Unlike continental Antarctica, Macquarie Island is still home to many animals. Walking around the station you will still see penguins, seals and birds every day. The shorter days prevalent at this time of year do however, promote a more paced lifestyle. It is not uncommon to see a penguin with its head drooped in slumber. During the day, smaller petrels are snugly snoozing in their burrows. Young elephant seals lie about on the beach or among tussock grass and dream the day away.
So too do the other migratory species that inhabit the station. Expeditioners enjoy cosy, comfortable heated rooms to rest at night. Macca today has a number of buildings that can accommodate the needs of sleepy people. Southern Aurora donga, built in the 1960’s, is still warm, snug and closest to the mess. It is similar to the living accommodation built at stations in Antarctica during that early period.
Newer constructions are Garden Cove, Hasselborough House and Cumpston’s Cottage. All the buildings provide individual rooms with windows and the usual bedroom furniture, albeit compact in nature. Most of the rooms have a slightly different arrangement so that no two appear exactly alike.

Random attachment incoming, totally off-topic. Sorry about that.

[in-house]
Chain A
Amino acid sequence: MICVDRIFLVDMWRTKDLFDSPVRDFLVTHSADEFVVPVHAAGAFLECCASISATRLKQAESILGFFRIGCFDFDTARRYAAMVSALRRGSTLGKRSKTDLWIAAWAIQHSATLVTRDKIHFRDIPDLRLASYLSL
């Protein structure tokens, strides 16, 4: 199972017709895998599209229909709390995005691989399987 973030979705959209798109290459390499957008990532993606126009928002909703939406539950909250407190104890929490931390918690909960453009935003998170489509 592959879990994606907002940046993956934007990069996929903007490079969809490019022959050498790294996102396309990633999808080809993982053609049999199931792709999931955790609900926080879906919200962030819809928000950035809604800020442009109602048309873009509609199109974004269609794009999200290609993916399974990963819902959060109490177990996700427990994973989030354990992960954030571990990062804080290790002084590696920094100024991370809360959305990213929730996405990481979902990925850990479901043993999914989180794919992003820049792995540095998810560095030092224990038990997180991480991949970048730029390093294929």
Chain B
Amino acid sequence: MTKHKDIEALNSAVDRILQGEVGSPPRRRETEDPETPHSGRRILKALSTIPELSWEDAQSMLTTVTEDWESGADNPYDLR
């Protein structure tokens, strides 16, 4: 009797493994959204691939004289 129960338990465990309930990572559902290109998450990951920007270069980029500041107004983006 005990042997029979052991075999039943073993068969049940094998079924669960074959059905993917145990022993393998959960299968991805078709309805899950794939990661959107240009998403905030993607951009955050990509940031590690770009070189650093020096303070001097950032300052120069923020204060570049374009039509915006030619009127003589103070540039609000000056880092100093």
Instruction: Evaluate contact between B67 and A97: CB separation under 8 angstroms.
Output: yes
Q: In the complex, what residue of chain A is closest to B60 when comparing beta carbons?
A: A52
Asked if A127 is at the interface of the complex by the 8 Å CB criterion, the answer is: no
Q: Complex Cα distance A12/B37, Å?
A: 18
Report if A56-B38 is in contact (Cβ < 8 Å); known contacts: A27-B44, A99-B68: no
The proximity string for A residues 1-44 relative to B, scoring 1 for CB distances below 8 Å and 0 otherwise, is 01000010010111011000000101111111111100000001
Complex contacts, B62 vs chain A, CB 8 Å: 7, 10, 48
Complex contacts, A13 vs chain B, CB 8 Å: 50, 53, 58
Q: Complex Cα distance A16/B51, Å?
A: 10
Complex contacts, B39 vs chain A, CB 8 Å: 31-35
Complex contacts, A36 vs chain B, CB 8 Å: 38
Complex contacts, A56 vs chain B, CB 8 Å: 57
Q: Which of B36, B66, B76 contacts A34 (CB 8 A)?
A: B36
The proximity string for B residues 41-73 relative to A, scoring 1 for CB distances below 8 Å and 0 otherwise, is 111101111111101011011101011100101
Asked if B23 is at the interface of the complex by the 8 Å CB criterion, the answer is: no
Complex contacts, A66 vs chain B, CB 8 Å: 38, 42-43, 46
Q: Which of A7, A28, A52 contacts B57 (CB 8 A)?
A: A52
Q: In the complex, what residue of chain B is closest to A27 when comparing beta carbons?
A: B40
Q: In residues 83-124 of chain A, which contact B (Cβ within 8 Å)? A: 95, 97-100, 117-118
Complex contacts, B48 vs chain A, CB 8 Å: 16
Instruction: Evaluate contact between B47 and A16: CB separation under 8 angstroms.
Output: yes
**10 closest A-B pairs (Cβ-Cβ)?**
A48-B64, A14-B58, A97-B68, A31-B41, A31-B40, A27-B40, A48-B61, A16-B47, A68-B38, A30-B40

My room has basic personalisation in the form of books, papers, photos, shoes, towels, dirty clothes and a picture on the wall. The more creative and imaginative have decorated rooms in an individualistic style that makes them pleased to call their room ‘home’. Whatever the décor, at the end of the day, all the migratory expeditioners retire to the comfort of their beds to enter the land of dreams.
By Norbert Trupp